Internship and Projects

Finding Internships and Projects

You are responsible for finding your own internship or faculty advisor, but there are many resources available to help!

  • You can meet with your faculty advisor to discuss your options
  • You should use the Center for Career and Experiential Education to help develop your resume, learn how to find and apply for positions, and polish how you present yourself professionally

It can take as long to find a project or an internship as it does to find a job, so you should begin looking as early as Fall for Summer opportunities. Many organizations will have filled summer positions by the end of March.


Not all jobs are internships, but online job boards are a good place to look, including:

Many employers see internships as a pipeline for their future workforce, so as you find positions and companies in which you’re interested, you could certainly contact that employer to see if an internship could be worked out. They may not be aware that a portion of your wages might be reimbursable through the Work Immersion Program of the Governor’s Workforce Board.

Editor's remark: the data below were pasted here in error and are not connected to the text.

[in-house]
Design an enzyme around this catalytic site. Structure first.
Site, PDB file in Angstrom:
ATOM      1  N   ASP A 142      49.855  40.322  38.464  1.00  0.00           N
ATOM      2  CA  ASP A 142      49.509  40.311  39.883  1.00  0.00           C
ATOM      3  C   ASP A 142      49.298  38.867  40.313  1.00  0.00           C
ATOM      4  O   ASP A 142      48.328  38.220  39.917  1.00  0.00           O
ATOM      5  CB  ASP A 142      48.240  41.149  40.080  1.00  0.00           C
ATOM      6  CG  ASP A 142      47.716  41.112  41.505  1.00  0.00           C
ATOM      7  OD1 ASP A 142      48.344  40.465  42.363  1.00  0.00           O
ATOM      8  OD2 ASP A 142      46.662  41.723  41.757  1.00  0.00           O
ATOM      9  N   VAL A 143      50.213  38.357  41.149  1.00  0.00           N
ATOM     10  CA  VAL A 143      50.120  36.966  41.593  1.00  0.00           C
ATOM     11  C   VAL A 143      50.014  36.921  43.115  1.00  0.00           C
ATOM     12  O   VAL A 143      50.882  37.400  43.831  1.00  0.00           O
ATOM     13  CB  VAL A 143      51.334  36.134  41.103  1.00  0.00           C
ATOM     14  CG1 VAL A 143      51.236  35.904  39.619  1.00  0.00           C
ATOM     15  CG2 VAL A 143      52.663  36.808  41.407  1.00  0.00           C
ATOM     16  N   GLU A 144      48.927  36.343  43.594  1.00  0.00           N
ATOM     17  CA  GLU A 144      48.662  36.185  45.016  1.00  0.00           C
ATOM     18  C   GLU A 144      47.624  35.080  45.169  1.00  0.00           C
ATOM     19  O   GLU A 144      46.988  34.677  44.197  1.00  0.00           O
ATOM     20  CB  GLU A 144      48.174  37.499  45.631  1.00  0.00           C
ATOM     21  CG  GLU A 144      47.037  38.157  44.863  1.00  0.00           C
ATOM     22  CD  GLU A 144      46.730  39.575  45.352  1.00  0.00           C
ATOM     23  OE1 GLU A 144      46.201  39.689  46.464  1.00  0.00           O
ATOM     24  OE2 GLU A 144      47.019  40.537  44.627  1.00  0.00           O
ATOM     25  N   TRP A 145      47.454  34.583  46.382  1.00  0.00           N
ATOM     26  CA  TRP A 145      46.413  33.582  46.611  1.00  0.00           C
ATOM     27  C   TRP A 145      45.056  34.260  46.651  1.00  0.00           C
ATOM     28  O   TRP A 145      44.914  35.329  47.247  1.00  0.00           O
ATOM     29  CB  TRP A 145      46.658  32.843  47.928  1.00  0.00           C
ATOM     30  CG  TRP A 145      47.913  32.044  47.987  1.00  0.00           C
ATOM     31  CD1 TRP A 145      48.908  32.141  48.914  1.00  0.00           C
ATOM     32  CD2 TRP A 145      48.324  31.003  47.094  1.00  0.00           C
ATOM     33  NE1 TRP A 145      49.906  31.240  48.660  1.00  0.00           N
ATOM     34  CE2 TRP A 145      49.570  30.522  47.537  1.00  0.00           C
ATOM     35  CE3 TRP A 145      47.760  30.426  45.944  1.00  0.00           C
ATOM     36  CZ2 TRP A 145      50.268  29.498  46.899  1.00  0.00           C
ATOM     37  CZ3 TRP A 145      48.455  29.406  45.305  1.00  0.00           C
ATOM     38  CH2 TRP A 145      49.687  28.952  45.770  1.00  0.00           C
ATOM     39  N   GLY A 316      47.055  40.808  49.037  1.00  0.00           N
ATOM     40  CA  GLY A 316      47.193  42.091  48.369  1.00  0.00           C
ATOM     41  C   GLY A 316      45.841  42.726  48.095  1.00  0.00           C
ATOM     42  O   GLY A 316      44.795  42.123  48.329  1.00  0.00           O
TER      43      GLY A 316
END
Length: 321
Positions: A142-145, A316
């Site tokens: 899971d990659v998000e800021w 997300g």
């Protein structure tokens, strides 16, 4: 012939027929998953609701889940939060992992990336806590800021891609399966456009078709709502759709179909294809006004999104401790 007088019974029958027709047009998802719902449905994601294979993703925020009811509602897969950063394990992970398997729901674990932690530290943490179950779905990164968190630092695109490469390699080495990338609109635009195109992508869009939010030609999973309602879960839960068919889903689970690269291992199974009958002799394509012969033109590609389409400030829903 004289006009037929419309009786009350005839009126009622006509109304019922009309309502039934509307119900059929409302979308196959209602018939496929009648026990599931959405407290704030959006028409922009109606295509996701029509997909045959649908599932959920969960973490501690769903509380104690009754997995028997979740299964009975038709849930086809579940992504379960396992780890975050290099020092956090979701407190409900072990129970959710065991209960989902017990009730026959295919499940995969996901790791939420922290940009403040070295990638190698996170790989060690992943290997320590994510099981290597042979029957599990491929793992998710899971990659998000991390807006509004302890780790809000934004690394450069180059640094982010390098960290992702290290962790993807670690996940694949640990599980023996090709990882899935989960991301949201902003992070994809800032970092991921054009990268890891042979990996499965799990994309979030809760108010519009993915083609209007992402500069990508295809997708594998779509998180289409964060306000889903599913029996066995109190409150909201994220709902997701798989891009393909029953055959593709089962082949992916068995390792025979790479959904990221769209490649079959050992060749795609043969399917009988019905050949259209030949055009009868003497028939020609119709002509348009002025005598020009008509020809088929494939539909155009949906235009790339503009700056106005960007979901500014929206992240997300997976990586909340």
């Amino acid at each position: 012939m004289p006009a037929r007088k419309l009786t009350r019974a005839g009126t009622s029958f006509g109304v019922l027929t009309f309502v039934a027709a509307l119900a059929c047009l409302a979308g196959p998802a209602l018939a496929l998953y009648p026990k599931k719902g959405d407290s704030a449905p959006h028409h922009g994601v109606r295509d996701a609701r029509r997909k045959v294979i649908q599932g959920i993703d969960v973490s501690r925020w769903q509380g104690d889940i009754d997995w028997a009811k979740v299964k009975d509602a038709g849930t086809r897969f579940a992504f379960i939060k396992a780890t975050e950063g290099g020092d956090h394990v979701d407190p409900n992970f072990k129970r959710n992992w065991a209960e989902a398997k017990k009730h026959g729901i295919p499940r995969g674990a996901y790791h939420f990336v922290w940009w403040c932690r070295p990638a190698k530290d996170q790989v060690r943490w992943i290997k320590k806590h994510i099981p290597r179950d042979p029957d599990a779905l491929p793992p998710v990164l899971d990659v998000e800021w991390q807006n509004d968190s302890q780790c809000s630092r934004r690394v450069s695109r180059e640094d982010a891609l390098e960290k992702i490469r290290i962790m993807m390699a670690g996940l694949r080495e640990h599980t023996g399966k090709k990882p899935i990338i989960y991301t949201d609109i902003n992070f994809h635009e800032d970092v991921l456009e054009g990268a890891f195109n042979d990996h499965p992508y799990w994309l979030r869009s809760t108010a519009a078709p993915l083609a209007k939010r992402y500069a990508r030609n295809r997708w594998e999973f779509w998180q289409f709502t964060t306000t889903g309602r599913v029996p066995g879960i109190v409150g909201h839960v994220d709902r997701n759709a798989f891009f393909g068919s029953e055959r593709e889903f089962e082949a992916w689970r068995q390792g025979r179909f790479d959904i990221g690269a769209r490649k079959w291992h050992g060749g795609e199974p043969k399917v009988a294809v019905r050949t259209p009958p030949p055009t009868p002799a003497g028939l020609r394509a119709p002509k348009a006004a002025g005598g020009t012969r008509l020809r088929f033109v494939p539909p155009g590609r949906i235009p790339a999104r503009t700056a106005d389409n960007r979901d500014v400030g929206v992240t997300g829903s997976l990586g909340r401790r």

As with a job search, networking can be hugely valuable in finding an internship. Use social media tools such as LinkedIn to find and make contacts within organizations in which you’re interested.

Some offices at URI may have a need for computer science work and a team environment that qualifies it as an internship. Instructional Technology and Media Services often needs web design/development and other programming help (contact Roy Bergstrom).

For a list of employers currently employing interns: Click Here

Projects with faculty

A directed or independent research project is a particularly good choice if you are planning to continue to earn a MS or Ph. D. The project you work on might be entirely your own or part of ongoing research.

  • Look at the individual faculty pages on this site. What are their research interests? What courses do they teach? Where do these overlap with your interests and competencies?
  • Think about the courses you’ve taken. Is there a professor with whom you’d like to do more?

When you’ve identified a professor or two with whom you think you might do a project, you should contact them in person or through email. It’s probably helpful to briefly present some ideas for what you might do and see where the conversation goes from there. Please understand that faculty may not have time in their workload to supervise CSC 499 projects; also, most are on 9-month appointments and may not available over the summer.